A U.S. debut by British author Edwards-Jones skewers a provincial ex-pat community toughing it out amid the sensuous wilds of Tuscany.
For five years, 40-something Belinda Smith has owned and operated a fairly high-end B&B in the rarefied Tuscan valley of Val di Santa Caterina, near the town of Poggibonsi. A snobbish, petty divorcée from the “dull dormitory town” of Tilling, England, which she fled upon discovering her husband in bed with a neighbor, Belinda prides herself on her thoroughly affected Italian way of life. She spies on her ex-pat neighbors from her terrace perch, mangles Italian phrases, abuses the help as well as her small, neat daughter, Mary, 20, who has been fired from her London job and is spending the summer helping Mum for the busy tourist season. Belinda, in truth, is a misanthrope, can’t stand children or smokers anywhere near her place, weeds out the riff-raff by the nature of their Internet queries, steams labels off jam jars to deceive her guests, and spends most of her day drinking gallons of wine at the local watering-hole with fellow sodden ex-pats such as Manchester ladies’ underwear manufacturer Derek, his wife Barbara and alcohol-fueled novelist Howard Oxford, who has suffered writer’s block since his bestseller in the ’80s. She also offers entries from her chirpy diary and corny recipes from “Casa Mia.” When the neighboring Casa Padronale is purchased by an American, no less, Belinda instantly switches into battle action to subvert any attempt at a rival B&B. Owner Lauren, it turns out, made her money in hostile takeovers on Wall Street, and she chews up Belinda like a stick of gum—all while her handsome Yalie son, Kyle, courts the modest and dutiful Mary. Edwards-Jones has fashioned a near-bloody satirical stab at the sentimental Under the Tuscan Sun set, both American and English—with a result quite winning.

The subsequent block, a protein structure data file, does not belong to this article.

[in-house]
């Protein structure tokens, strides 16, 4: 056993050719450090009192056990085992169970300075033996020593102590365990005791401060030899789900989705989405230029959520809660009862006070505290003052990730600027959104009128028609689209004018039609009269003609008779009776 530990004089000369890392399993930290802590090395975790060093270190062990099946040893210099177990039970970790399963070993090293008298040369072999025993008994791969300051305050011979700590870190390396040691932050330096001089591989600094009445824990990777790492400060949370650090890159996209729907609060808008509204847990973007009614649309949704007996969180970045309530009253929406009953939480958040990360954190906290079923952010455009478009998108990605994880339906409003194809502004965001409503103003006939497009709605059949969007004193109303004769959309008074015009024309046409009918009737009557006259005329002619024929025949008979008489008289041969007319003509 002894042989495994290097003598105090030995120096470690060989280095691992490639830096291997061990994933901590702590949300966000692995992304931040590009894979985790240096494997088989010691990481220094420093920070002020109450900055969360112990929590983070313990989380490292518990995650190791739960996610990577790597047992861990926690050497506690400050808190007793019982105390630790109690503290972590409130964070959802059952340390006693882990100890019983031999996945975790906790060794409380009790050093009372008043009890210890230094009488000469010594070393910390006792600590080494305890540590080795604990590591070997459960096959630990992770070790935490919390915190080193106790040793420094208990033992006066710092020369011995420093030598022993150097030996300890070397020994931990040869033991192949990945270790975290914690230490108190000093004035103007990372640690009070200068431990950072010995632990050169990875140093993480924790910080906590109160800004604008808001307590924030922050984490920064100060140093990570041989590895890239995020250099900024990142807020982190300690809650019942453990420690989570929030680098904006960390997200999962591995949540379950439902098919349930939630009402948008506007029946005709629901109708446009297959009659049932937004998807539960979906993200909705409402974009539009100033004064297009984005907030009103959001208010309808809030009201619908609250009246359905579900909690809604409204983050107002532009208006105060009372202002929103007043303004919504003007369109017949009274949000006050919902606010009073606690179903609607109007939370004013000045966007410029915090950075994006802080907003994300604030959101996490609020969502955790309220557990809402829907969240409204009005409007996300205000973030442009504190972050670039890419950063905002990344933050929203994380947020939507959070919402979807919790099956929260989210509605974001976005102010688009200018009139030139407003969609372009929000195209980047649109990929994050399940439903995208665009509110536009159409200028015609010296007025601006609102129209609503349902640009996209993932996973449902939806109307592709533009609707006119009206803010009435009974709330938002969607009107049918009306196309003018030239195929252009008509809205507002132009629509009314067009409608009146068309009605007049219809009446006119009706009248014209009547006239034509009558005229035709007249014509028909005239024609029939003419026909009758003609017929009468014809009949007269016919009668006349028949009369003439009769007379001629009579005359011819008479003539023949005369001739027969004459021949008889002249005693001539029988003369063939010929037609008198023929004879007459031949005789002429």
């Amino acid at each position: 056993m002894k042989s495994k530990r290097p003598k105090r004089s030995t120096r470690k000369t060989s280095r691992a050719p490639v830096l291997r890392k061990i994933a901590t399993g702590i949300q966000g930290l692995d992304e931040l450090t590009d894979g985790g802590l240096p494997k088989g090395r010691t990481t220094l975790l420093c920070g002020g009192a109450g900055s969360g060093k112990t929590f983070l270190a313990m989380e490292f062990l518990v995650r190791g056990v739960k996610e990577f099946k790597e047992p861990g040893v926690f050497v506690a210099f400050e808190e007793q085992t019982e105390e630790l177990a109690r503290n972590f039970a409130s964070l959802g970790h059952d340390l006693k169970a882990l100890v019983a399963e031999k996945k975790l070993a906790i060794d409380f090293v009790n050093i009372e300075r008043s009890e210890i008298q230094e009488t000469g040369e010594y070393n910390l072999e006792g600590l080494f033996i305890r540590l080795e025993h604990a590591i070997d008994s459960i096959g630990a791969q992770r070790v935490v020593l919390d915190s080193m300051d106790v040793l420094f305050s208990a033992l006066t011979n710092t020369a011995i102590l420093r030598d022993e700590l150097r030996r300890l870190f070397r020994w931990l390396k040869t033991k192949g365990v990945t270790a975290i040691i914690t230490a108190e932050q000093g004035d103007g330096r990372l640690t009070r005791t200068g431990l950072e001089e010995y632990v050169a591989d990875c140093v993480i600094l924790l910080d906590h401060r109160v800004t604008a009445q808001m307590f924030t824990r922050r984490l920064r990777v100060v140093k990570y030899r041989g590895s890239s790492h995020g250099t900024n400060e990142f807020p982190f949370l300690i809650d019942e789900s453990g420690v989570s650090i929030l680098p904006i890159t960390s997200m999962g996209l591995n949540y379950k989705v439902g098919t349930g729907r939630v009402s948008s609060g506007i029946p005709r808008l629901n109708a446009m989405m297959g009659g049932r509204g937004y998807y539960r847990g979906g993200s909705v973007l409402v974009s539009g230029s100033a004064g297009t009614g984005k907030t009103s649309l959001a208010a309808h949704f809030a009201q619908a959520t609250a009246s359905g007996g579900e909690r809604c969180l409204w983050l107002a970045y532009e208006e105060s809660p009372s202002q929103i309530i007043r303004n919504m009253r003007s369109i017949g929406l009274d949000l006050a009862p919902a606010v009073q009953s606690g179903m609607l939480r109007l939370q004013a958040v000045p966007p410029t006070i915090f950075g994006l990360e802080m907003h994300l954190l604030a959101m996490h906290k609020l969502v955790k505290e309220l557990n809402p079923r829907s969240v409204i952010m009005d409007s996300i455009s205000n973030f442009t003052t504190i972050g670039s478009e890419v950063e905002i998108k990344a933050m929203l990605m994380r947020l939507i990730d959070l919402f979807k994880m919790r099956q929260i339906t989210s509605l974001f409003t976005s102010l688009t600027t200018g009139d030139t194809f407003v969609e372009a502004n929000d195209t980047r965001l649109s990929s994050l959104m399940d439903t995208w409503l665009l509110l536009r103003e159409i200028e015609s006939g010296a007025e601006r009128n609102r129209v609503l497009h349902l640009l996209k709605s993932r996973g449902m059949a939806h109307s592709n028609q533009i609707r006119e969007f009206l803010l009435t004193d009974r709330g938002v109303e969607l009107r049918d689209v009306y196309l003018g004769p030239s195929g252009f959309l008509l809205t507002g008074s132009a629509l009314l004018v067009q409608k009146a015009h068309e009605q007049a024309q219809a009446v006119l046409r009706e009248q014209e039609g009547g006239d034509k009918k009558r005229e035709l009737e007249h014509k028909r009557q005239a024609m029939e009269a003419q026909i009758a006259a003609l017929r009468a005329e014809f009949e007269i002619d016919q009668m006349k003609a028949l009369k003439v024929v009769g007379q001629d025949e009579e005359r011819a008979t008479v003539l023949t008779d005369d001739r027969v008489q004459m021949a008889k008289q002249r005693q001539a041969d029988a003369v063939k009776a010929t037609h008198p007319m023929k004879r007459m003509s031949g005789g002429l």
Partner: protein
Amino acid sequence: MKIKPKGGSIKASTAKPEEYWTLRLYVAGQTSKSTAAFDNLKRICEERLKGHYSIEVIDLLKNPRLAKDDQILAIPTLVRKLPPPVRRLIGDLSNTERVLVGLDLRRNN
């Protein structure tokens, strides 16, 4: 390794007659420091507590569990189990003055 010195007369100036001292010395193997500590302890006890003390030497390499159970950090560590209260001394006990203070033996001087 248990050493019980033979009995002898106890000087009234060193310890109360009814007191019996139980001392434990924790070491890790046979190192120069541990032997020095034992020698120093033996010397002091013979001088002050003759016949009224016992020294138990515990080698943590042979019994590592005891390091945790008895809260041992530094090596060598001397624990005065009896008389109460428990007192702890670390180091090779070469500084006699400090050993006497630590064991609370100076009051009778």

A fresh, fearless voice takes no prisoners.